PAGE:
Here we were thinking that sovereignty was so yesterday. How wrong we were. Senators are falling like tenpins because their mothers fetched up on the wrong piece of soil. The birther movement has now got a real leg-up as ancient lawyers analyse the location of maternity wards from which MPs and senators were hatched.


An insider’s outside view

A new podcast from Schwartz Media

Join Richard Denniss, The Australia Institute’s chief economist, as he tackles Australia’s most important political and economic issues in a new weekly podcast.

Find The Lucky Country on iTunes or wherever you get your podcasts.

Letters & Editorial

Cartoon

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Editorial
Four years on Manus

Four years on, they’re cutting off the power and water. Inside the detention centre, men are still waiting to find out what is happening. The minister maintains everything will be resolved. These buildings will be demolished by October. “Our emotions fluctuate between despair and, occasionally, a faint flicker of hope,” Imran Mohammad wrote this week.

Letters

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More to Menzies’ legacy

Gadfly’s shortlist of Robert Menzies’ achievements (“Ming ding”, July 15-21) omitted his gift of $5 million to Tasmania’s Reece Labor government in 1965 to bulldoze a road into …

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Denying the scourge of racism

After reading your editorial “Race to the bottom” from the July 15-21 edition, I am even more convinced that the prescription to help cure the onset of the fatal virus is for more …

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Culture

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Culture

Katie Noonan takes to the bush

Since arriving on the music scene as a teenager in the band George, Katie Noonan has been an evolving artist. Now, she’s seeking to empower fellow female singer–songwriters in rural Australia.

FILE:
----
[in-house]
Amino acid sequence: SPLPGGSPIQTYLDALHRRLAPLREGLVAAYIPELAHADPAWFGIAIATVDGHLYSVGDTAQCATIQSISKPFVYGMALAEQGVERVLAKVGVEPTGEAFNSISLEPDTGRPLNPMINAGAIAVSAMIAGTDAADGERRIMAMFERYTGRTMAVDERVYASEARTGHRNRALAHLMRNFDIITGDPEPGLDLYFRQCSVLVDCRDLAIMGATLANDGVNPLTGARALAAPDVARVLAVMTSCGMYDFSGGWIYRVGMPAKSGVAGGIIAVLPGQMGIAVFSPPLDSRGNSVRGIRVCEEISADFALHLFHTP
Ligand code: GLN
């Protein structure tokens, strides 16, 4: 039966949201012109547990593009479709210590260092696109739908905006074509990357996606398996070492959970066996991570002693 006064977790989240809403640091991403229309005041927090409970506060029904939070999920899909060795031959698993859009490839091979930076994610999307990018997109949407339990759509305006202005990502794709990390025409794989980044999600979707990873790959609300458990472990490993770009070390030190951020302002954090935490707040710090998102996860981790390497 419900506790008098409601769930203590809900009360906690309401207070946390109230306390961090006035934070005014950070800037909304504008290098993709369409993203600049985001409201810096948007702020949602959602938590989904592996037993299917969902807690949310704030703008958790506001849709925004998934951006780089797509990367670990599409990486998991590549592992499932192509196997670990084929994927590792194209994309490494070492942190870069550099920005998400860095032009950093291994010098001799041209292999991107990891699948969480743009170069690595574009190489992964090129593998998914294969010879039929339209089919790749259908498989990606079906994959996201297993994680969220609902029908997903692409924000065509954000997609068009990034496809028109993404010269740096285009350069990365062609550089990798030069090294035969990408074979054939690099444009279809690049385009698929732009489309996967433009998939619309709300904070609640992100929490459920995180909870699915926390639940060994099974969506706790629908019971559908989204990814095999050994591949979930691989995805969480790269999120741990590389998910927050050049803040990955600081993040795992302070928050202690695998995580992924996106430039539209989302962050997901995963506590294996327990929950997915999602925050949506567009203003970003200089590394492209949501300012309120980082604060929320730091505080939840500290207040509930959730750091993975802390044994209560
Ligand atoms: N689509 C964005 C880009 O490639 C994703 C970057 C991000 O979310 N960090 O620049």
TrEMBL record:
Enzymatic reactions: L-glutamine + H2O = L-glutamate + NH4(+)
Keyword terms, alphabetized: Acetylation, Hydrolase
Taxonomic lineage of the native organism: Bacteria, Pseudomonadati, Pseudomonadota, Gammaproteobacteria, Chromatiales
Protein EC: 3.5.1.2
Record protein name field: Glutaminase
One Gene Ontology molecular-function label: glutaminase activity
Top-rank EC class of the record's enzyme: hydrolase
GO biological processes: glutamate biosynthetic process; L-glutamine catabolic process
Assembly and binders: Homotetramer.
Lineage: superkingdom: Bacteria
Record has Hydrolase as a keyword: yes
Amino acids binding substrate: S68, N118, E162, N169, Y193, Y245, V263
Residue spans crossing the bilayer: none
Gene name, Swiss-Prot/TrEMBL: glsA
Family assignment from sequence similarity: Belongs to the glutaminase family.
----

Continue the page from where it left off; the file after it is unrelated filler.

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Theatre

‘Noises Off’

Sam Strong’s production of the timeless farce Noises Off  falters in pacing and believability, delivering an awful production of a play that is about an awful production of a play.

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Portrait

Author Marija Peričić

“The morning after receiving the Vogel Literary Award, Marija Peričić sits in the A-One Cafe at the ABC Centre in Ultimo. Filled with people and lively conversations, the cafe is in rush hour. ”

Food

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Food

Strozzapreti with salsa di noci

“The most essential thing about cooking pasta is timing. My other rule with cooking pasta is to take the recommended cooking time and subtract two minutes.”

Life

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Travel

Japan’s Kumano Kodō pilgrimage

‘Forest-air bathing’ is a traditional Japanese pursuit, but hiking the ancient Kumano Kodō pilgrimage paths through the Kii Peninsula mountains, the author finds herself most absorbed by the rocks beneath her feet.

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Health

Mental health care for medical professionals